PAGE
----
All of this is underscored by Rasmussen’s findings that a majority of Americans (56%) purchase a paper once per week or less — and 37% rarely or never buy a print version of their local paper.

In a possibly related development, Rasmussen’s surveys report that the credibility of newspapers and other media has declined in the public’s eyes. For example, only about one in four respondents has a favorable opinion of the New York Times. That may be a new low for a paper that likes to think of itself as America’s #1 print news source.

The most recent Newspaper Association of America’s financial figures are showing that newspapers have lost a whopping $18 billion over the past three years in their print operations. And while many papers have been counting on their online operations to counterbalance all of this red ink, total Internet revenues over the same period amounted to ~$9 billion — not nearly enough to erase the losses on the print side.

Of course, as this is 2009, the story would not be complete without government officials coming to the rescue, offering their share of interesting proposals. But how does the public feel about these efforts by politicians to save the newspapers? Nearly 40% favor federal government subsidies to keep newspapers in business … but slightly more than half feel it’s better simply to let them go out of business.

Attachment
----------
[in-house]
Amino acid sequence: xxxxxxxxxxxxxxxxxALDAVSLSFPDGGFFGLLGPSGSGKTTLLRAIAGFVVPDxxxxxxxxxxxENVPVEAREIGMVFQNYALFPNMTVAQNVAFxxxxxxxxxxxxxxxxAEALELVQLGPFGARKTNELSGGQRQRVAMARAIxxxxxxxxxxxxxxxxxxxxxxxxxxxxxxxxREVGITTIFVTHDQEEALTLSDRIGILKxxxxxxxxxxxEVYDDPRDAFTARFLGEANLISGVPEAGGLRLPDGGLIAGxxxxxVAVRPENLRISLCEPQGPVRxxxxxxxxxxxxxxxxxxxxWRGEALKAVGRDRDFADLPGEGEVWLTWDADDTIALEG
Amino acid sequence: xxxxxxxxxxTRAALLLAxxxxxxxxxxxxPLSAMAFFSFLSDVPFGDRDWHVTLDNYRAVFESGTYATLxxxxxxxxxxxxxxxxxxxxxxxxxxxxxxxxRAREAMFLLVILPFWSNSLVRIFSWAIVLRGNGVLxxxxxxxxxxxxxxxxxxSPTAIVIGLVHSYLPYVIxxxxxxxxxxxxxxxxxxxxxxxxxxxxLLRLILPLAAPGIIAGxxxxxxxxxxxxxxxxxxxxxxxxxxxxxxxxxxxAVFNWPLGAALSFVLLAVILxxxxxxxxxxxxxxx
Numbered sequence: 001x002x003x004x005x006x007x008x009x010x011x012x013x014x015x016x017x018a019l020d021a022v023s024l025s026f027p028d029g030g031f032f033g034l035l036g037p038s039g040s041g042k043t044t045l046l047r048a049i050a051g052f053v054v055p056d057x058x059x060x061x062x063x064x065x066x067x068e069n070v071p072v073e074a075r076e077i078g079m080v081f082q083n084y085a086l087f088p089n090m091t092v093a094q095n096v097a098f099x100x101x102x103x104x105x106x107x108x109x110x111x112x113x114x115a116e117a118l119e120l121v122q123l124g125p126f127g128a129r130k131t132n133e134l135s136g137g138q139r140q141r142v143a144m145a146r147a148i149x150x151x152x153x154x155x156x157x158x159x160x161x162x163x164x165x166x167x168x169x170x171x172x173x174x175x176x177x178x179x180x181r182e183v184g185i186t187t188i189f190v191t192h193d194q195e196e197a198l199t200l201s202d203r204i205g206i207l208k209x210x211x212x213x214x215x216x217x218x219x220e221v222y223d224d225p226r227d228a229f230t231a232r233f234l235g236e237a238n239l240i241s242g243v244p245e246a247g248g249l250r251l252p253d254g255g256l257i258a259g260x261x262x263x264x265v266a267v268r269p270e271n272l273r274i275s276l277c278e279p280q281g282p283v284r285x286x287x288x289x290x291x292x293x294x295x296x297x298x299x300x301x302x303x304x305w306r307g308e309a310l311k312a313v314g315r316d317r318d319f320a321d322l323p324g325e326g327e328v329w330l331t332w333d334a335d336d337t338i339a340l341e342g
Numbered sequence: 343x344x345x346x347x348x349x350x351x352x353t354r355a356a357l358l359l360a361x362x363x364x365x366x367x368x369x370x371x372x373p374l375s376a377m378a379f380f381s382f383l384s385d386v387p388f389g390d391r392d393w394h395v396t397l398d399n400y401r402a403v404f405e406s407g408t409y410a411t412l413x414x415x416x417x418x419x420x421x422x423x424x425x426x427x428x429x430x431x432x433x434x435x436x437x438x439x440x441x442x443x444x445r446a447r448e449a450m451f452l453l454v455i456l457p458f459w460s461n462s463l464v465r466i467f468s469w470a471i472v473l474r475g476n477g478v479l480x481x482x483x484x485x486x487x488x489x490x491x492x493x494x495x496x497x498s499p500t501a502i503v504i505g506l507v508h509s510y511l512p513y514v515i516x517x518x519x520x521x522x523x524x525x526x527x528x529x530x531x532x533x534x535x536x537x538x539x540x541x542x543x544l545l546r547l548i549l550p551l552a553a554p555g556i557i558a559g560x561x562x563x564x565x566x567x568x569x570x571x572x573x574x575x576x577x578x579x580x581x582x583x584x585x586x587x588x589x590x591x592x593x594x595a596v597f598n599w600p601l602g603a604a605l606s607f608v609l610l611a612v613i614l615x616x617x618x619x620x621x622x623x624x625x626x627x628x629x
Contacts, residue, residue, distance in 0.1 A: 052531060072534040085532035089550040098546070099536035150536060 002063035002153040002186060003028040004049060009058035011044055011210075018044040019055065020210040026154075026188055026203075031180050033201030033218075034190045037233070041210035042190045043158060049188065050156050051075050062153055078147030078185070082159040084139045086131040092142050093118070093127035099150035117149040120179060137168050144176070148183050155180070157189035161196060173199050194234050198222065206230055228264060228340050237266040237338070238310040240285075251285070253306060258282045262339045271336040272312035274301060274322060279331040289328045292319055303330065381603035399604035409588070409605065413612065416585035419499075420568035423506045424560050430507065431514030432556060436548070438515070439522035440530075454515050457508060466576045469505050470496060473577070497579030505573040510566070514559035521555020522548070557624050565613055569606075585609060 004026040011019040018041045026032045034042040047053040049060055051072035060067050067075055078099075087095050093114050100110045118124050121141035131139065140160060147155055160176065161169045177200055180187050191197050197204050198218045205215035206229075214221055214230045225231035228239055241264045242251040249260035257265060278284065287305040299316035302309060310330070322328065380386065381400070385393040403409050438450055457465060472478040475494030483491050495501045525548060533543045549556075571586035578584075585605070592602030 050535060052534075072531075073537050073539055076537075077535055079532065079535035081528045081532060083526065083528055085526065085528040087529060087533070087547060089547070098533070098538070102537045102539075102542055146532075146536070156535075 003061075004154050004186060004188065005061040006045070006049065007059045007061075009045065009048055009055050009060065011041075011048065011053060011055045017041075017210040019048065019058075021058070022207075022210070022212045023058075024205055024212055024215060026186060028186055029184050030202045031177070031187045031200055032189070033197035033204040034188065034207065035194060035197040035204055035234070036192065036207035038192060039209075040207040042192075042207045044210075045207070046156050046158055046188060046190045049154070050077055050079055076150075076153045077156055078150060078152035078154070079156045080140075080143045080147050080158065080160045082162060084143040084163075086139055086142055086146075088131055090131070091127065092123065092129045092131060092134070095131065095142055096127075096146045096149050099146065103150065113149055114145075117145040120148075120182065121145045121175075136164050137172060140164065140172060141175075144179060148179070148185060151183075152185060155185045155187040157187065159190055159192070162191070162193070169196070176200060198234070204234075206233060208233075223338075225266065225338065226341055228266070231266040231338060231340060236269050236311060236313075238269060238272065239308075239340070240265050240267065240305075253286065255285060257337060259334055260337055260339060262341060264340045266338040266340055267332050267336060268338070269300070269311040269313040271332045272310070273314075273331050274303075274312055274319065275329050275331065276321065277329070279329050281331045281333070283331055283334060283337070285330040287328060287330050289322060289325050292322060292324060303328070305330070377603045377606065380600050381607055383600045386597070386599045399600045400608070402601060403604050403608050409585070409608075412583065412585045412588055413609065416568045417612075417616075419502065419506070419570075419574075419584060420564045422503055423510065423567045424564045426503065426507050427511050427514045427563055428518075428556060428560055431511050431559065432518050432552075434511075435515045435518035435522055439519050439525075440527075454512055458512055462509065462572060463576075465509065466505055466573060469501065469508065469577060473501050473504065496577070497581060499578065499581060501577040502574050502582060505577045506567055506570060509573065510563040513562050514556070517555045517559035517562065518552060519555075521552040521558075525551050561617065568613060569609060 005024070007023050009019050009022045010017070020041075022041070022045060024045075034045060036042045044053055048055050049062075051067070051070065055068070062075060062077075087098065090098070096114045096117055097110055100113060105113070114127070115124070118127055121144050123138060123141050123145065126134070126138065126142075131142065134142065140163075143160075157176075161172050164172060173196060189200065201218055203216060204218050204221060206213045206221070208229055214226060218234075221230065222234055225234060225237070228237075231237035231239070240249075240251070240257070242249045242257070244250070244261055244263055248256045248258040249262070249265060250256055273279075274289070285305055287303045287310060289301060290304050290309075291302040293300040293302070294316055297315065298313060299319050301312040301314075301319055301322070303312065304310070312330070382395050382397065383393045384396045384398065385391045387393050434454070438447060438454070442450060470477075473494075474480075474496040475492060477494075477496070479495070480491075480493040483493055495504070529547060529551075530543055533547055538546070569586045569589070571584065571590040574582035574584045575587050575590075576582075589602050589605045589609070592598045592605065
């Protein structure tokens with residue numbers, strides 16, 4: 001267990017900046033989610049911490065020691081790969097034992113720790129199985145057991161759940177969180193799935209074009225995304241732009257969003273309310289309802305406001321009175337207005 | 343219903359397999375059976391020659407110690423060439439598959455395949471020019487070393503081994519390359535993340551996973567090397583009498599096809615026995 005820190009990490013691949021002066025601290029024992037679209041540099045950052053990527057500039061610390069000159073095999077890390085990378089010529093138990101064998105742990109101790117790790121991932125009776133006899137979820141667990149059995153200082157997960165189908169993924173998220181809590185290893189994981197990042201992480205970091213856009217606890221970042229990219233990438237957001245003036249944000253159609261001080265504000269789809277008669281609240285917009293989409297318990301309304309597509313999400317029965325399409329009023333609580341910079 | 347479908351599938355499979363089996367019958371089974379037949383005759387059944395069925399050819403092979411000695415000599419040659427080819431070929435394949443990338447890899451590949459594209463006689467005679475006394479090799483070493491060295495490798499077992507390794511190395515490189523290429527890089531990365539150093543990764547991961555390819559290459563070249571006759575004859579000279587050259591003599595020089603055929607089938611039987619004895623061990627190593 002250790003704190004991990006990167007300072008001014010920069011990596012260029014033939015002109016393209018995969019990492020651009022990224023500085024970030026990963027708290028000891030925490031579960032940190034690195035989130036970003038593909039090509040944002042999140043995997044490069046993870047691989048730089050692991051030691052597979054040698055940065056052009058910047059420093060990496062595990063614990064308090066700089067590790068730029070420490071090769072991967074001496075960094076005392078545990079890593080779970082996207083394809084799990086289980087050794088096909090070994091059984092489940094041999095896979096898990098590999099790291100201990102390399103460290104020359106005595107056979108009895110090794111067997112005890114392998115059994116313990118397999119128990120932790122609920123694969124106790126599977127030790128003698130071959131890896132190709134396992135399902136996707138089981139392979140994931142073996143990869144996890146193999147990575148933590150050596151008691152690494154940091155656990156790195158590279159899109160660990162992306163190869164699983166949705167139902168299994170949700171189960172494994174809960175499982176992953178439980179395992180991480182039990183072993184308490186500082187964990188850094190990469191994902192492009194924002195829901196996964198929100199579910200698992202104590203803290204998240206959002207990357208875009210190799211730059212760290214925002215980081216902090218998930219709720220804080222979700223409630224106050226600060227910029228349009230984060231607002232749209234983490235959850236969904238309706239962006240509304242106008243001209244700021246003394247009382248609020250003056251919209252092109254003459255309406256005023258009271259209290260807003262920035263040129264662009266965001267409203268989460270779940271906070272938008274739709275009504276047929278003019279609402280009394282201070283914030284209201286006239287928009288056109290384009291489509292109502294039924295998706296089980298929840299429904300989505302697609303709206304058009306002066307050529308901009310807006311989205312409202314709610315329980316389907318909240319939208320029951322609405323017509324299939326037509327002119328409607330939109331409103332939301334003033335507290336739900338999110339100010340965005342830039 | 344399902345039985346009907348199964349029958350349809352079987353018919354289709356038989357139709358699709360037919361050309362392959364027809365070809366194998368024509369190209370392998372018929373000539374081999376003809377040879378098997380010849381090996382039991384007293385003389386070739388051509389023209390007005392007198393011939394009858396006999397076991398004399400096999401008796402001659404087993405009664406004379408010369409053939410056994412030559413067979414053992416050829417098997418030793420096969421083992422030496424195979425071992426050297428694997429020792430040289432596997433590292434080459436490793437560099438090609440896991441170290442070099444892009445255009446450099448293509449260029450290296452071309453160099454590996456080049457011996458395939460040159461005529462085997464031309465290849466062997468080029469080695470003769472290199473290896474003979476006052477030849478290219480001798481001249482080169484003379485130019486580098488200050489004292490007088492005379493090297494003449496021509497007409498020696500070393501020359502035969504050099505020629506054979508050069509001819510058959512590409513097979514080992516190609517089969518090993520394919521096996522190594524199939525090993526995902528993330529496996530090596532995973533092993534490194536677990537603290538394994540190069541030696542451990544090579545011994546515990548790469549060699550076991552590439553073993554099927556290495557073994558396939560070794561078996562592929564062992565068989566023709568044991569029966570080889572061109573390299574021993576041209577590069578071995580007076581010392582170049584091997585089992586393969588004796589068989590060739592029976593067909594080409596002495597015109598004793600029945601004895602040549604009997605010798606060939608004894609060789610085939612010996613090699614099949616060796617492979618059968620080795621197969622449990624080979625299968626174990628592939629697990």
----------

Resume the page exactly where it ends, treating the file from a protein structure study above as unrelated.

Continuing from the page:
It will be interesting to see what the federal and state legislatures actually end up doing — whether it be turning newspaper companies into not-for-profit entities as Senator Ben Cardin of Maryland has suggested … or providing special business tax breaks for the industry as has been proposed by Washington’s governor Christine Gregoire.

Whatever is attempted, my prediction is that it won’t have nearly the positive effect its proponents hope for. The sweep of change in the communications arena is simply too broad and deep for that.